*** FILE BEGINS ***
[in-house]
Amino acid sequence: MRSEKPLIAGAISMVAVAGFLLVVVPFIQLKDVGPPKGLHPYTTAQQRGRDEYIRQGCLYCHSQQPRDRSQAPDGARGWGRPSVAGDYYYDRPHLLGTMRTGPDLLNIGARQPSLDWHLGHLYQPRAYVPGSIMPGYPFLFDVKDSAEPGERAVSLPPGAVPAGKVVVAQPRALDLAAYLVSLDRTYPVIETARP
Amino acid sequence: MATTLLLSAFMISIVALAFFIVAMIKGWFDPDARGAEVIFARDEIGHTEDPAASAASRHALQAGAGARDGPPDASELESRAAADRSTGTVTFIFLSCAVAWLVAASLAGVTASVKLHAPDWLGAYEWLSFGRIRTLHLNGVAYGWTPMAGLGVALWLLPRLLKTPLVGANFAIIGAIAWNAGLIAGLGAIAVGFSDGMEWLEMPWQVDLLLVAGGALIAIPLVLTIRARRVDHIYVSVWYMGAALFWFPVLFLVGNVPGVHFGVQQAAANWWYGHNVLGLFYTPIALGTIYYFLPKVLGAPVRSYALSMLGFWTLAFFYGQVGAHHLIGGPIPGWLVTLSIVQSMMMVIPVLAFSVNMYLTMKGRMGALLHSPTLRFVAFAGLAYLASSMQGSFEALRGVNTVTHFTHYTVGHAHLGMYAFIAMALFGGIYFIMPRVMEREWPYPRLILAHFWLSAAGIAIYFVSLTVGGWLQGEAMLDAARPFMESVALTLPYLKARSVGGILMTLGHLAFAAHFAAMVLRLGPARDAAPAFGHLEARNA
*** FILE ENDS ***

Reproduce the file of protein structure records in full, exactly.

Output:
[in-house]
Amino acid sequence: MRSEKPLIAGAISMVAVAGFLLVVVPFIQLKDVGPPKGLHPYTTAQQRGRDEYIRQGCLYCHSQQPRDRSQAPDGARGWGRPSVAGDYYYDRPHLLGTMRTGPDLLNIGARQPSLDWHLGHLYQPRAYVPGSIMPGYPFLFDVKDSAEPGERAVSLPPGAVPAGKVVVAQPRALDLAAYLVSLDRTYPVIETARP
Amino acid sequence: MATTLLLSAFMISIVALAFFIVAMIKGWFDPDARGAEVIFARDEIGHTEDPAASAASRHALQAGAGARDGPPDASELESRAAADRSTGTVTFIFLSCAVAWLVAASLAGVTASVKLHAPDWLGAYEWLSFGRIRTLHLNGVAYGWTPMAGLGVALWLLPRLLKTPLVGANFAIIGAIAWNAGLIAGLGAIAVGFSDGMEWLEMPWQVDLLLVAGGALIAIPLVLTIRARRVDHIYVSVWYMGAALFWFPVLFLVGNVPGVHFGVQQAAANWWYGHNVLGLFYTPIALGTIYYFLPKVLGAPVRSYALSMLGFWTLAFFYGQVGAHHLIGGPIPGWLVTLSIVQSMMMVIPVLAFSVNMYLTMKGRMGALLHSPTLRFVAFAGLAYLASSMQGSFEALRGVNTVTHFTHYTVGHAHLGMYAFIAMALFGGIYFIMPRVMEREWPYPRLILAHFWLSAAGIAIYFVSLTVGGWLQGEAMLDAARPFMESVALTLPYLKARSVGGILMTLGHLAFAAHFAAMVLRLGPARDAAPAFGHLEARNA